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IntroductionWith the rise of graphene (Gr) and related 2D materials, the surfaces of most of these one‐atom thick elements have become a new paradigm for fundamental studies on molecular adsorption.[1,2] Due to the 2D nature of these materials, their properties can be easily tuned by their interaction with other elements placed in their local vicinity, as is, for instance, the case of a supporting substrate.[2–4] This fact has allowed obtaining complex interfaces, with tailored properties, comprising 2D materials. Interesting examples are the graphene–metal interfaces, which are characterized by periodic structural and chemical modulations, frequently known as moiré patterns.[2–5] As a result, these superstructures offer an ample variety of chemical environments for molecular adsorption, opening the door to achieving a wide richness of different adsorption configurations, which will be also dependent on the specific features of the adsorbate. Moreover, the diversity of potential adsorption configurations can be enlarged given the fact that the periodicity and the symmetry of the moiré pattern, as well as the interfacial chemistry, can be tuned by the election of the composition and the symmetry of the atomic lattice of the support.[2–4,6]C60 is an archetype semiconducting organic molecule, whose intermolecular interaction is governed mainly through van der Waals forces. This molecule has recently reattracted an enormous interest due to its prospect to act as a basic building block that could be integrated with different 2D materials, giving rise to the formation of C60/2D materials hybrid heterostructures.[7–10] Such organic–inorganic heterostructure has been proposed to be highly promising in future technological applications because it may show different functionalities depending on the chosen 2D material.[8,11] Therefore, a detailed characterization of the interfaces of C60 molecules with the underlying 2D material would be a fundamental issue regarding the rational design of the upcoming nanodevices.The C60 molecule has previously been investigated on various 2D material/metal substrates, such as Gr/Ru(0001),[12,13] Gr/SiC(0001),[14,15] Gr/Cu(111), and also on the analog hexagonal boron nitride (h‐BN)/metal systems.[17–20] In some of these cases, the spatial and chemical modulation arising due to the moiré patterns have been proven to influence the assembly and structuring of the molecules on the surface, which, in turn, could affect the electronic properties of the molecular adsorbates. In contrast, for some others, the effect of the moiré patterns is negligible, and the molecule–substrate interaction is very weak. Nonetheless, all these studies have been mainly focused on 2D material/metal systems showing hexagonal symmetric moiré patterns, while the behavior of C60 on interfaces showing quasi‐1D fringe‐like moiré patterns is still little explored. Among the different 2D material/metal systems that could give place to the appearance of quasi‐1D moiré patterns, the Gr/Rh(110) substrate is singular due to its properties. Previous results have shown that, despite the low apparent corrugation of the quasi‐1D moiré patterns measured by scanning tunneling microscope (STM), on the surface coexist at least two distinguished chemical bonding‐state of C atoms as demonstrated by X‐ray photoelectron spectroscopy (XPS) data. Hence, it is highly interesting to understand how the low‐corrugated but chemically modulated quasi‐1D moiré patterns may affect the structural and electronic properties of C60 fullerene.In this work, the behavior of C60 on single layers of graphene grown on Rh(110) has been studied by STM and scanning tunneling spectroscopy (STS) measurements under ultra‐high vacuum (UHV) conditions. As inferred from the experimental data, while the quasi‐1D moiré patterns of Gr/Rh(110) substrate drive the growth of C60 molecules, they do not influence, at least to a significant extent, the electronic features of this adsorbate. Thus, this case is at variance with the available literature on the adsorption of this archetypical molecule, suggesting an intermediate molecule–substrate interaction strength, which adds a new picture to the behavior of C60 on 2D materials/metals interfaces.Results and DiscussionFigure 1a shows a STM topographic image acquired after C60 deposition, in the submonolayer regime, on a single‐atom‐thick graphene sheet, previously grown on a single crystal Rh(110) substrate. As can be seen, C60 molecules form a long‐range ordered structure, with a high degree of crystalline quality, except for the very few defects indicated by the black circles. A magnified STM image on one of those molecular islands is displayed in Figure 1b, where a close‐packed hexagonal arrangement of C60 can be observed. The lateral separation between adjacent C60 units is measured to be a = 1.0 ± 0.1 nm. Figure 1c,d shows two STM topographic images, where the continued growth of C60 molecules across single and double atomic steps of Rh(110) beneath graphene is proved, as is evidenced by the height profiles depicted in Figure 1e.1FigureStructural properties of the C60 monolayer grown on Gr/Rh(110). a) Overall STM image displaying the high quality packing of C60 molecules deposited on Gr/Rh(110), with only very few defects indicated by the black circles. b) Magnified STM image of a C60 island on Gr/Rh(110), revealing a closed‐packed hexagonal arrangement, with a lateral separation a = 1.0 ± 0.1 nm. c,d) STM images showing the smooth and undisrupted growth of C60 monolayers across single and double atomic steps of Rh(110), as can be inferred from the height profile depicted in (e). Tunneling parameters: Vs = 1.5 V; It = 0.1 nA; 40 × 40 nm2 (a). Vs = 1.8 V; It = 0.25 nA; 10 × 10 nm2 (b). Vs = 1.7 V; It = 0.1 nA; 25 × 25 nm2 (c). Vs = 1.50 V; It = 0.2 nA; 25 × 25 nm2 (d).The growth of C60 has been explored widely before on noble metals,[22–29] graphene,[12,14–16,30] as well as on h‐BN.[17–20] On all these surfaces, the formation of close‐packed hexagonal layouts of C60 molecules was reported, which agrees with the experimental data shown in Figure 1a,b. As in all these cases, the formation of the periodic molecular assembly suggests a predominant role of the cohesive molecule–molecule interaction, which is reinforced by the fact that single isolated molecules were not observed at room temperature (RT), even at very low coverages. The lateral separation of ≈1 nm between neighbor C60 units is very close to those values reported on Gr/SiC(0001), Gr/Cu(111), h‐BN/Ni(111), or h‐BN/Rh(110), where the C60 molecules form a (4 × 4) superstructure with respect to the graphene/h‐BN lattices. However, in the present case, the influence of the underlying substrate goes a step beyond, and such commensurate molecular assembly can be discarded, as will be discussed later. The undisrupted growth of C60 across atomic steps of Rh(110), as it is proved in Figure 1c–e, could be understood in terms of the “carpet” like behavior of graphene on most metals, which means that the graphene sheet is not truncated by the underlying metal atomic steps.[31–33] Therefore, the molecular ordering of C60 molecules is not affected by the highly reactive undercoordinated atoms placed at the metal substrate steps.To gain insight into the possible influence of the underlying Gr/Rh(110) substrate on the self‐assembly of C60, measurements displaying simultaneously the molecular packing direction and the moiré patterns of the Gr/Rh(110) substrate have been carried out. Figure 2a,b shows two STM images, acquired in different sample regions, that illustrate this strategy. As can be noticed, the molecular packing direction is almost aligned with respect to the moiré fringes direction of the Gr/Rh(110) system. As this kind of measurement is challenging to be executed, to back up the observed data shown in Figure 2a,b, a more extensive analysis has been performed by following a different approach (see Figure 2c,d). This consists of measuring, separately, the C60 molecular island (Figure 2c) and, immediately, the bare Gr/Rh(110) area nearby (Figure 2d). A similar conclusion can be reached, within the STM imaging uncertainty, by contrasting both images: the molecular packing and the Gr/Rh(110) moiré direction are close to being parallel.2FigureC60 molecular packing orientation with respect to the substrate. a,b) STM topographic images showing simultaneously a C60 molecular island and the Gr/Rh(110) substrate nearby. c) STM image of the molecular arrangement of C60. d) STM image of the Gr/Rh(110) surface in the close vicinity of the molecular island shown in (c). In all the images, the characteristic stripe‐like moiré pattern of Gr/Rh(110) and one of the high symmetry packing directions of C60 is highlighted by the dashed red and solid blue lines, respectively. Tunneling parameters: Vs = −2.1 V; It = 50 pA; 25 × 25 nm2 (a). Vs = −2.1 V; It = 0.1 nA; 25 × 25 nm2 (b). Vs = 0.8 V; It = 0.5 nA; 10 × 10 nm2 (c). Vs = 0.9 V; It = 0.2 nA; 10 × 10 nm2 (d).All these observations recollected from Figure 2 point toward a major role played by the 1D moiré pattern of Gr/Rh(110) on the self‐assembly of C60 molecules because the molecular islands are forced to adopt an orientation such that one of the high‐symmetry packing directions is parallel or nearly parallel with respect to the underlying stripes. Here, it should be mentioned that for rotational domains, in which graphene is aligned, or nearly aligned, with the  direction of Rh, the moiré stripes are aligned, or nearly aligned, with respect to the atomic lattice of graphene. However, the near alignment of one of the high symmetry directions of the C60 assembly with the moiré stripes has been found over different rotational variants of the graphene/Rh(110) system (see Figure 2a–c). It suggests a major influence of the moiré stripes over the graphene lattice on the molecular arrangement. The influence of the moiré modulation, formed at the interface between 2D materials and metal surfaces, on the self‐assembly of C60 molecules has already been documented before on Gr/Ru(0001),[12,13] h‐BN/Rh(111), or h‐BN/Pd(110). In these cases, the moiré patterns have as a common feature, a strong corrugation. However, in other systems, which are characterized by exhibiting weak corrugations, such effect of the moiré patterns is negligible or undetectable like Gr/Cu(111) or h‐BN/Rh(110). Interestingly, despite the moiré corrugation of Gr/Rh(110) being relatively low (≈0.3 Å), they are able to guide the C60 assembly.Nevertheless, it is noteworthy to mention that deviation angles up to 5° have been measured, indicating that this apparent alignment between the molecular islands and the moiré patterns is not a global tendency, but more likely a local phenomenon. Such an idea could be rationalized in terms of two possible contributions: a stronger intermolecular interaction between C60 units compared to that between the molecules and the underlying Gr/Rh(110) surfaces, and the incommensurability between the C60 hexagonal layout and the stripes‐like moiré patterns of Gr/Rh(110). The cohesive intermolecular forces provoke the molecules to form close‐packed hexagonal arrangements as the energetically most favored geometry. On the other hand, due to the symmetry mismatch between the hexagonal disposal of the molecules and the stripe‐like geometry of the moiré patterns of Gr/Rh(110), it seems to be very difficult to establish a commensurate long‐range superstructure despite that the periodicity of the Gr/Rh(110) moiré patterns (≈1 nm) is quite similar to the separation between neighbors C60 molecules. Indeed, this similarity in the periodicities could also be a plausible explanation for the self‐guided growth, locally, of C60 molecules along the moiré patterns direction. Therefore, in light of the above discussion, the emergence of a (4 × 4) superstructure of C60, proposed on some Gr/metals[15,16] or h‐BN/metals[18,20] systems, is rather unlikely on Gr/Rh(110).Another experimental evidence of the influence of the underlying substrate on C60 deposited on Gr/Rh(110) is the observation of a faint long‐range modulation permeating some STM images of fullerene islands. This phenomenon is illustrated in Figure 3. Specifically, Figure 3a,d depicts two STM images of close‐packed C60 molecules, where the superimposed modulation can be observed, as highlighted by the dashed arrows. Figure 3b,e depicts the same STM images shown in Figures 3a and 3d, respectively, after removing, by applying a band‐stop filtering process, part of the signal contribution coming from the C60 hexagonal arrangement, to enhance the visibility of the modulation. The corresponding Gr/Rh(110) surface measured in a region adjacent to each of those molecular islands displayed in Figure 3a,d are shown in Figures 3c and 3f, respectively. As it can be noticed, the long‐range modulation visualized through the C60 molecules can also be recognized in the images of bare Gr/Rh(110) substrate (compare the dashed black arrows), having in both cases the same direction and the same periodicity.3FigureEffect of the substrate moiré pattern modulation on the C60 molecular assembly. a,d) STM topographic images of C60 molecular islands. b,e) Band‐stop filtered STM images of (a) and (d), respectively, after removing part of the signal coming from the C60 molecular assembly. c,f) Corresponding Gr/Rh(110) surface acquired in an adjacent region to the molecular islands of C60 shown in (a) and (d). For all the images, the solid blue line, the dashed red line, and the dashed black arrow line represent the C60 packing direction, and the fringes directions of the two sets of quasi‐1D modulations of the moiré pattern of Gr/Rh(110), respectively. Tunneling parameters: Vs = 1.7 V; It = 0.1 nA; 15 × 15 nm2 (a). Vs = 0.3 V; It = 0.6 nA; 15 × 15 nm2 (c). Vs = 1.70 V; It = 0.1 nA; 15 × 15 nm2 (d). Vs = 0.1 V; It = 0.6 nA; 10 × 10 nm2 (f).To fully address the observations from Figure 3, a comprehensive description of the structural properties of Gr/Rh(110) system should be given beforehand. As previously reported, the high symmetry directions of the atomic arrangement of monolayers graphene grown on Rh(110) surfaces can adopt an infinity of possible orientations in the interval of (0°, ±10°) with respect to the  direction of the underneath Rh(110) surface. For some twist angles, mainly those close to 0°, the superposition of graphene monolayers on Rh(110) gives rise to the appearance of a single quasi‐1D stripe‐like moiré pattern on the surface. Notwithstanding, when the misalignment angle between graphene and Rh(110) significantly deviates from 0°, the as‐formed moiré structures are composed of two interconnected sets of fringes. One of them has a periodicity akin to the moiré stripes formed for rotation angles close to 0°, whereas the other one possesses a larger periodicity, ranging from 2 to 6 nm. Bearing in mind these geometrical properties of the Gr/Rh(110) system, the stripe‐like modulations observed in Figure 3c,f can be straightforwardly associated with the fingerprints of the double moiré patterns of Gr/Rh(110). It is interesting to note that, while the C60 molecular packing direction is aligned, or nearly aligned, with the set of stripes of smaller periodicity, as discussed above in Figure 2, the latter is indetectable through the molecular assembly, opposite to what happens with the moiré fringes of larger separation (see Figure 3a,d). A possible explanation is that the low corrugation of the set of moiré stripes of smaller separation, along with the similarity between the separation of adjacent C60 units and the periodicity of these moiré fringes may trigger that the latter are elusive to be imaged in STM through the molecular assembly. Likewise, the analog moiré stripes of the h‐BN/Rh(110) system do not appear imprinted on the molecular assemblies of C60 and PTCDA.[20,34]To shed light on the electronic properties of C60 on Gr/Rh(110), and to obtain more information about the interaction between molecule and substrate, frontiers molecular orbital imaging and differential conductance spectra have been carried out at a sample temperature of 40 K. Two different bias voltage‐dependent intramolecular structures, acquired in the same sample area, are shown in Figure 4. It is interesting to note that all the C60 units imaged in each image display identical submolecular features. In particular, a three‐lobed shape structure is displayed in Figure 4a, while a two lobes structure, with one of them brighter than its counterpart, is depicted in Figure 4b. Likewise, Figure 4c depicts a dI/dV curve obtained by numerical differentiation of the average of ten individual I/V traces measured on top of a C60 molecule. As can be noted from Figure 4c, the spectroscopy curve is characterized by two major peaks centered around −2.7 and +0.8 V.4FigureElectronic properties of C60 on Gr/Rh(110) at a sample temperature of 40 K. a,b) STM images showing, respectively, the highest occupied molecular orbital (HOMO) and lowest unoccupied molecular orbital (LUMO) structures of C60. c) dI/dV spectra acquired from numerical differentiation of the average of ten I–V curves measured on top of a C60 molecule. The two peaks centered at −2.7 and +0.8 V are ascribed to the HOMO and LUMO resonances, respectively. Tunneling parameters: Vs = −2.7 V; It = 0.1 nA; 5.5 × 5.5 nm2 (a). Vs = 0.9 V; It = 0.1 nA; 5.5 × 5.5 nm2 (b). Stabilization parameters: Vs = −3 V; It = 0.1 nA (c).C60 is a spherical cage‐like molecule comprised of electron‐poor pentagon and electron‐rich hexagon rings of carbon atoms. This complex bonding landscape is responsible for the existence of multiple potential adsorption configurations, and hence, of different possible orientations of the molecular cage over the substrate. As previously reported, C60 molecules in a bulk crystal and also physisorbed on some surfaces adopt different cage orientations at RT,[20,35–38] whereas, upon reducing the thermal energy, such randomness is reduced,[35,39] and the molecules start to develop a single orientation at low temperatures (<90 K).[12,15,16,20,40,41] Thus, to eliminate the possible influence caused by the different orientations of individual C60 molecules at RT, their electronic properties have been studied at 40 K, where all the C60 molecules should have the same orientation.Similar molecular orbital features as those exhibited in Figure 4a,b have been observed for C60 on Gr/Cu(111) at 1.2 K, where the authors attributed these intramolecular structures, respectively, to the highest occupied molecular orbital (HOMO) and the lowest unoccupied molecular orbital (LUMO) of C60 adsorbed on Gr/Cu(111). Even more, such HOMO and LUMO structures were ascribed to a specific cage orientation of C60, in which there was a carbon atom at the topmost position of the molecular cage. In addition, this cage orientation had been reported to optimize the intermolecular forces between neighbors C60 units in the absence of a substrate.[16,42] Consequently, the above description suggests that the orientational ordering at low temperatures in the present case of C60 on Gr/Rh(110) is still due to intermolecular forces despite the presence of the underlying Gr/Rh(110) surface. It implies further evidence of a very weak molecule–substrate interaction, which does not play an essential role in the cage orientation as it was also found on Gr/Cu(111). A similar conclusion can also be drawn from the dI/dV curve shown in Figure 4c. By contrasting the bias position of the peaks in the differential conductance curve with the voltages at which the HOMO and LUMO structures of Figure 4a,b were obtained, the peaks centered at −2.7 V and 0.8 V could be associated with the HOMO and LUMO resonances of C60 molecules adsorbed on Gr/Rh(110). Hence, the energy gap of the C60 molecule, defined as the energy difference between the HOMO and LUMO peaks, has a value of ≈3.5 eV. This number is notably larger than for C60 adsorbed on metal surfaces such as Au(111),[27,43] Ag(111), Ag(100), Cu(111), and Cu(100), where the C60 molecules undergo chemisorptive interaction with the underlying metal. However, the obtained experimental HOMO‐LUMO gap, although smaller than that measured for bulk solid C60 (3.7 eV), is close to those measured on Gr/Cu(111) (3.4 eV), Gr/Ir(111) (3.4 eV), Gr/SiC(0001) (3.5 eV), or h‐BN/Rh(110) (3.5 eV), for which weak physisorption has been reported. From these facts, it can be inferred that the C60 is electronically decoupled from Gr/Rh(110) substrate, with a lower interaction compared with metal surfaces.Given the results presented here, it is valuable to draw an overall comparison of C60 adsorbed on Gr/metal and h‐BN/metal systems, emphasizing the effect of the moiré patterns on the molecular arrangement and the electronic properties of the adsorbate. The highly corrugated moiré patterns of Gr/Ru(0001) constrain the C60 molecules to adsorb in specific sites of the moiré supercells, which, in turn, induces a shift in the LUMO state. In contrast, a decoupled system can be found for C60 on Gr/Cu(111), where the moiré patterns do not influence the adsorption behavior of fullerenes, and the study of the electronic properties reveals a very weak interaction with the substrate. The same conclusions for Gr/Cu(111) have also been extracted for C60 on h‐BN/Rh(110). It is also interesting to point out that the moiré patterns of h‐BN/Pd(110) and h‐BN/Rh(111) act as templates that stamp their corrugation on the C60 overlayer. Nonetheless, the electronic properties of C60 on these surfaces have not been investigated yet. Thus, the C60 monolayer on Gr/Rh(110) reported in this work represents an intermediate case, where the electronic properties of C60 are demonstrated not to be significantly altered (comparable to Gr/Cu(111) or h‐BN/Rh(110)) and, at the same time, there are some degrees of limitation in the adsorption and structuring of C60 due to the moiré patterns.The growth of C60 thin films on Gr/Rh(110) has also been studied. Figure 5a displays a large scale STM image acquired after depositing a submonolayer coverage of C60 molecules on Gr/Rh(110). As it can be observed, bilayer and monolayer of C60 molecules coexist with the bare Gr/Rh(110) area. From the height profiles represented in the Figure 5b, obtained along the color lines indicated in Figure 5a,c, it can be deduced that both bilayer and trilayer have a similar apparent height, but are larger than the monolayer. Figure 5d displays an STM image measured along the boundary between monolayer and bilayer C60 molecules. Using the overlaid hexagonal lattice, the position of the molecules on the second layer has been determined to be centered over the threefold symmetry sites of the first layer. Likewise, within the STM error, differences in the lateral intermolecular spacing between the monolayer and bilayer have not been detected.5FigureMultilayer growth of C60 on Gr/Rh(110). a) Large‐scale STM image showing the early stages of multilayer growth of C60 on Gr/Rh(110) at RT. Bare substrate area coexists with first and second layer of C60 molecules. b) Apparent height profiles along the colored lines drawn in (a) and (c). c) STM topographic image illustrating a region where up to three C60 molecular layers are observed at the same time. d) Adsorption position of the second molecular layer with respect to the first layer. Tunneling parameters: Vs = 1.65 V; It = 0.1 nA; 85 × 85 nm2 (a). Vs = 1.5 V; It = 0.2 nA; 50 × 50 nm2 (c). Vs = 1.65 V; It = 0.1 nA; 13 × 13 nm2 (d).As it can be noticed from Figure 5a,c, the bilayer and trilayer molecules start to grow before the first layer is fully terminated, indicating that C60 thin film molecules follow a Stranski–Krastanov growth mode. Such behavior of C60 molecules on Gr/Rh(110) is akin to what happened on h‐BN/Rh(110) but different from when they are deposited on metal surfaces,[24,26] where they adopt a layer‐by‐layer growth mode (Frank‐van der Merwe growth). In addition, as can be observed in Figure 5a (see also Figure S1a,b, Supporting Information), the molecular islands of multilayer C60 present a morphology that resembles to that of the multilayer growth of C60 on Gr/Ru(0001). Last, the determined stacking position of the bilayer with respect to the monolayer is in agreement also with previously reported results of bulk C60,[35,39,41,50] where the molecules adopt a face‐centered‐cubic crystal lattice configuration. Moreover, such stacking configuration does not change for trilayer C60 with respect to the bilayer (see Figure S1c, Supporting Information), suggesting that this configuration should be conserved for even higher numbers of molecular layers.ConclusionIn summary, the adsorption and thin film growth of C60 fullerene molecules on graphene grown on Rh(110) have been investigated via STM/STS under ultra‐high vacuum. Self‐assembled C60 molecules on Gr/Rh(110) form well‐ordered and large molecular islands at RT, where the C60 units are arranged into a hexagonal assembly with a lateral separation of ≈1 nm. Besides, the C60 molecules experience, locally, the effects of the underlying moiré patterns of Gr/Rh(110). This is evidenced by the fact that the molecular packing direction of C60 islands is aligned, or close to being parallel, with the quasi‐1D moiré patterns of the substrate, as well as by the observation, in STM images, of the long‐range modulation of one of the sets of moiré fringes overlaid to the C60 assembly. Nevertheless, despite the influence of the moiré patterns on the assembly of the molecules, the interaction of C60 with the Gr/Rh(110) surface is still weak and comparable with other Gr/metals and h‐BN/metals systems as it is deduced from the analysis of the HOMO and LUMO structures and of differential conductance spectra, performed at 40 K. Last, multilayer growth of C60 on Gr/Rh(110) suggests a stacking behavior similar to the bulk C60.Experimental SectionThe experiments were performed in a UHV system with a base pressure in the range of 1 × 10−10 Torr. This system consisted of two independent chambers, which allowed to keep separately sample preparation and characterization. The analysis chamber, that is, that employed for sample characterization, was set up with a custom‐built variable temperature scanning tunneling microscope. Sample preparation started by cleaning the Rh(110) single‐crystal through Ar+ sputtering at 1 kV, followed by annealing at 1220 K under oxygen atmosphere (2 × 10−6 Torr), and finishing with flash annealing in UHV at 1220 K. Gr monolayers were obtained using the chemical vapor deposition method (CVD) with ethylene (C2H4) as the precursor. The freshly cleaned Rh(110) surface, kept at 1170 K, was exposed to double cycles of 18 L and 26 L of ethylene at a partial pressure of 3 × 10−7 Torr to ensure that the whole metal surface was entirely covered by graphene. The structural quality of the Gr/Rh(110) surface was checked using STM before depositing the C60 molecules. They were sublimated from a home‐built cell, loaded with high purity sources of solid C60 molecules, while keeping the Gr/Rh(110) surfaces at RT. The effusion cell was thoroughly outgassed before deposition of C60 on the Gr/Rh(110) surfaces. C60 coverages were referred to the molecular density of a closed layer.All measurements were conducted at RT except when stated otherwise. STM data were registered in the constant current mode using tungsten tips, with the bias voltage applied to the sample. STM images were acquired and post‐analyzed/processed using the commercially free WSxM software.AcknowledgementsFinancial support from the Spanish Ministerio de Economía y Competitividad (MINECO) and Fondo Europeo de Desarrollo Regional (FEDER) under grant No. MAT2016‐77852‐C2‐2‐R, as well as, from the Spanish Ministerio de Ciencia e Innovación through the “María de Maetzu” program for units of excellence in R&D (grant No. CEX2018‐000805‐M) is gratefully acknowledged. A.J.M.‐G. acknowledges funding by the Spanish MICINN through Project No. PID2020‐116619GA‐C22, as well as, from the Comunidad de Madrid and the Universidad Autónoma de Madrid under project SI3/PJI/2021‐00500.Conflict of InterestThe authors declare no conflict of interest.Data Availability StatementThe data that support the findings of this study are available from the corresponding author upon reasonable request.A. Kumar, K. Banerjee, P. Liljeroth, Nanotechnology 2017, 28, 082001.W. Auwarter, Surf. Sci. 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Advanced Materials Interfaces – Wiley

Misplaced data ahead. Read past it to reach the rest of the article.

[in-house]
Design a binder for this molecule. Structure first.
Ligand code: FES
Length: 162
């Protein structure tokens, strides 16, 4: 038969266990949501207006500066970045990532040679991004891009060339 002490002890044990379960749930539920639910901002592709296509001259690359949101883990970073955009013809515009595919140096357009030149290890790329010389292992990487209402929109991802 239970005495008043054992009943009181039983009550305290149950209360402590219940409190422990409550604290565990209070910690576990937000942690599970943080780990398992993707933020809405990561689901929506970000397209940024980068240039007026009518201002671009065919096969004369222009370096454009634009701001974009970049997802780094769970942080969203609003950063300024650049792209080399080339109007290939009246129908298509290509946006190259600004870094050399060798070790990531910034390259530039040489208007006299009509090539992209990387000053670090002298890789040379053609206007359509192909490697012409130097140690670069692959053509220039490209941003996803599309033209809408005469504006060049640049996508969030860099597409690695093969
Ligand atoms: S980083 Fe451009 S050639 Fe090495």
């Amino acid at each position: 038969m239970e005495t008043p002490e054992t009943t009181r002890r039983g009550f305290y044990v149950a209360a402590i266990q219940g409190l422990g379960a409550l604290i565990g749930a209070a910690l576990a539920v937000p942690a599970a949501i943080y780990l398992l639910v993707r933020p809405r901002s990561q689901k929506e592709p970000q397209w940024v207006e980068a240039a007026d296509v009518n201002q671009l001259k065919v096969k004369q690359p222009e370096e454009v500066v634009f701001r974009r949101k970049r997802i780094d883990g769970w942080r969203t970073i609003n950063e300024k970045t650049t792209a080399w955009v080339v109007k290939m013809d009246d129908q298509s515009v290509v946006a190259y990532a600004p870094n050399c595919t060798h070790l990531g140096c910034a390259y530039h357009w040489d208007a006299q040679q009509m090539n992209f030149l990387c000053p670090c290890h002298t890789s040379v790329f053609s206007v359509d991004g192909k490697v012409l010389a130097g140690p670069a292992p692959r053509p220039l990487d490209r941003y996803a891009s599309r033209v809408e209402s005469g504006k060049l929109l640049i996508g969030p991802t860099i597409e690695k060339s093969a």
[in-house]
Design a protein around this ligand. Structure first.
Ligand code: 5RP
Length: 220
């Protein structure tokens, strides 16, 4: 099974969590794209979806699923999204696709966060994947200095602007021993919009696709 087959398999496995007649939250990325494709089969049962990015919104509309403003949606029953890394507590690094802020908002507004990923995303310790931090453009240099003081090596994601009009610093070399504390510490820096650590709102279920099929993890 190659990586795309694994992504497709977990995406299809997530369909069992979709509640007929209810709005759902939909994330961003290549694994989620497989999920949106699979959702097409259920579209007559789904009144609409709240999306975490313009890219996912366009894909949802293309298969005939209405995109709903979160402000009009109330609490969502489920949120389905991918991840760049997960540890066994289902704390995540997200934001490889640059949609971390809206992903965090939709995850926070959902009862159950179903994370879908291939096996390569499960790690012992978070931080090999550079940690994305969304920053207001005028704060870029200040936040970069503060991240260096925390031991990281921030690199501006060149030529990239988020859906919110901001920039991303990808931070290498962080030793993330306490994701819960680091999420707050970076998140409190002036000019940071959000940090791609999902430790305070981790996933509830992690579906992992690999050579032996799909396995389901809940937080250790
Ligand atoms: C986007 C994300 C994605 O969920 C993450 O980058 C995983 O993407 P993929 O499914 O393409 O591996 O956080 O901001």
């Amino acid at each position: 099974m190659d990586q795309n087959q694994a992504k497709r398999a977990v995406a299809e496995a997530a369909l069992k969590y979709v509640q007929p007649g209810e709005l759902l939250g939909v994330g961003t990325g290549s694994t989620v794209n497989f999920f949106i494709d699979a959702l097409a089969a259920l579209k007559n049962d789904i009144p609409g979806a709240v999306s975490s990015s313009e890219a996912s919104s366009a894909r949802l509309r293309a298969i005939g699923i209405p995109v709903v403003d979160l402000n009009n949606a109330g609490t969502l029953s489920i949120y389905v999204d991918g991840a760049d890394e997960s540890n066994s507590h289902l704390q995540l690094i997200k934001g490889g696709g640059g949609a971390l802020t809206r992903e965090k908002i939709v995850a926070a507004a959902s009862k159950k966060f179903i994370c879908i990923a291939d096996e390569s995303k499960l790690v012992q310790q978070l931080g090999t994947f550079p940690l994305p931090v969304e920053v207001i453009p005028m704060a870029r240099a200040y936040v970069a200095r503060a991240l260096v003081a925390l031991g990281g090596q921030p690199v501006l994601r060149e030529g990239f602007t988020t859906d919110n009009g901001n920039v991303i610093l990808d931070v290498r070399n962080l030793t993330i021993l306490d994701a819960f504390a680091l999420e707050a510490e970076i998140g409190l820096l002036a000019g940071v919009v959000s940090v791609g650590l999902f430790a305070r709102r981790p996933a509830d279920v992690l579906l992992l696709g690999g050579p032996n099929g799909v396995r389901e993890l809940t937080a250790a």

Published: May 1, 2023
Keywords: 2D materials; fullerene; molecular orbitals; molecular self‐guided growth; STM/STS; symmetry mismatched substrates